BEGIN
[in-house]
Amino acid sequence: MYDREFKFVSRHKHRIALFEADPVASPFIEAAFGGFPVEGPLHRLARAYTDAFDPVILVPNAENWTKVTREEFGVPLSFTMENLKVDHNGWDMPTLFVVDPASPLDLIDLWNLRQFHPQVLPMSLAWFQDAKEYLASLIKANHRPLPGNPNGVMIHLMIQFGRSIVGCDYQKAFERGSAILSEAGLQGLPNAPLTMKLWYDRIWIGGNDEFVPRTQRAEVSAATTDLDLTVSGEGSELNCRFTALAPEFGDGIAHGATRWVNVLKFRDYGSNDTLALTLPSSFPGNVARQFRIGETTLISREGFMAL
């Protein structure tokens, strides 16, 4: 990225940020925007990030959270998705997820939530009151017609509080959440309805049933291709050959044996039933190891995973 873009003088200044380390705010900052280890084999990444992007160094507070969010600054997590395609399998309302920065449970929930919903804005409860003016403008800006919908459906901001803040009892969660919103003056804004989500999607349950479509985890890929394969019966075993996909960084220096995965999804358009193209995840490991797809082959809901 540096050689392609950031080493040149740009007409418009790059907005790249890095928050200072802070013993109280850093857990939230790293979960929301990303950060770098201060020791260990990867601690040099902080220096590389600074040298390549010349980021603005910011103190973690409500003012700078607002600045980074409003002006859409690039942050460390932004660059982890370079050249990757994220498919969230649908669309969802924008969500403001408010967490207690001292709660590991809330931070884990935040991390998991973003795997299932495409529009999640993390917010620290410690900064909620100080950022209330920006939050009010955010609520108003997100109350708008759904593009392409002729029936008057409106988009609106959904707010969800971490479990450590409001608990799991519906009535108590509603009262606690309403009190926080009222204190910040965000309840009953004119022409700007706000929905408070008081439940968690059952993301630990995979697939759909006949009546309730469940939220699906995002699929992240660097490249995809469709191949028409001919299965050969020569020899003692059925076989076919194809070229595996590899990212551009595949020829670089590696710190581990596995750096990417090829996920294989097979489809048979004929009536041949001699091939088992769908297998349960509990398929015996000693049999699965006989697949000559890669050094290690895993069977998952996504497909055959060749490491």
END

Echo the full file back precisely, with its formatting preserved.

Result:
[in-house]
Amino acid sequence: MYDREFKFVSRHKHRIALFEADPVASPFIEAAFGGFPVEGPLHRLARAYTDAFDPVILVPNAENWTKVTREEFGVPLSFTMENLKVDHNGWDMPTLFVVDPASPLDLIDLWNLRQFHPQVLPMSLAWFQDAKEYLASLIKANHRPLPGNPNGVMIHLMIQFGRSIVGCDYQKAFERGSAILSEAGLQGLPNAPLTMKLWYDRIWIGGNDEFVPRTQRAEVSAATTDLDLTVSGEGSELNCRFTALAPEFGDGIAHGATRWVNVLKFRDYGSNDTLALTLPSSFPGNVARQFRIGETTLISREGFMAL
């Protein structure tokens, strides 16, 4: 990225940020925007990030959270998705997820939530009151017609509080959440309805049933291709050959044996039933190891995973 873009003088200044380390705010900052280890084999990444992007160094507070969010600054997590395609399998309302920065449970929930919903804005409860003016403008800006919908459906901001803040009892969660919103003056804004989500999607349950479509985890890929394969019966075993996909960084220096995965999804358009193209995840490991797809082959809901 540096050689392609950031080493040149740009007409418009790059907005790249890095928050200072802070013993109280850093857990939230790293979960929301990303950060770098201060020791260990990867601690040099902080220096590389600074040298390549010349980021603005910011103190973690409500003012700078607002600045980074409003002006859409690039942050460390932004660059982890370079050249990757994220498919969230649908669309969802924008969500403001408010967490207690001292709660590991809330931070884990935040991390998991973003795997299932495409529009999640993390917010620290410690900064909620100080950022209330920006939050009010955010609520108003997100109350708008759904593009392409002729029936008057409106988009609106959904707010969800971490479990450590409001608990799991519906009535108590509603009262606690309403009190926080009222204190910040965000309840009953004119022409700007706000929905408070008081439940968690059952993301630990995979697939759909006949009546309730469940939220699906995002699929992240660097490249995809469709191949028409001919299965050969020569020899003692059925076989076919194809070229595996590899990212551009595949020829670089590696710190581990596995750096990417090829996920294989097979489809048979004929009536041949001699091939088992769908297998349960509990398929015996000693049999699965006989697949000559890669050094290690895993069977998952996504497909055959060749490491």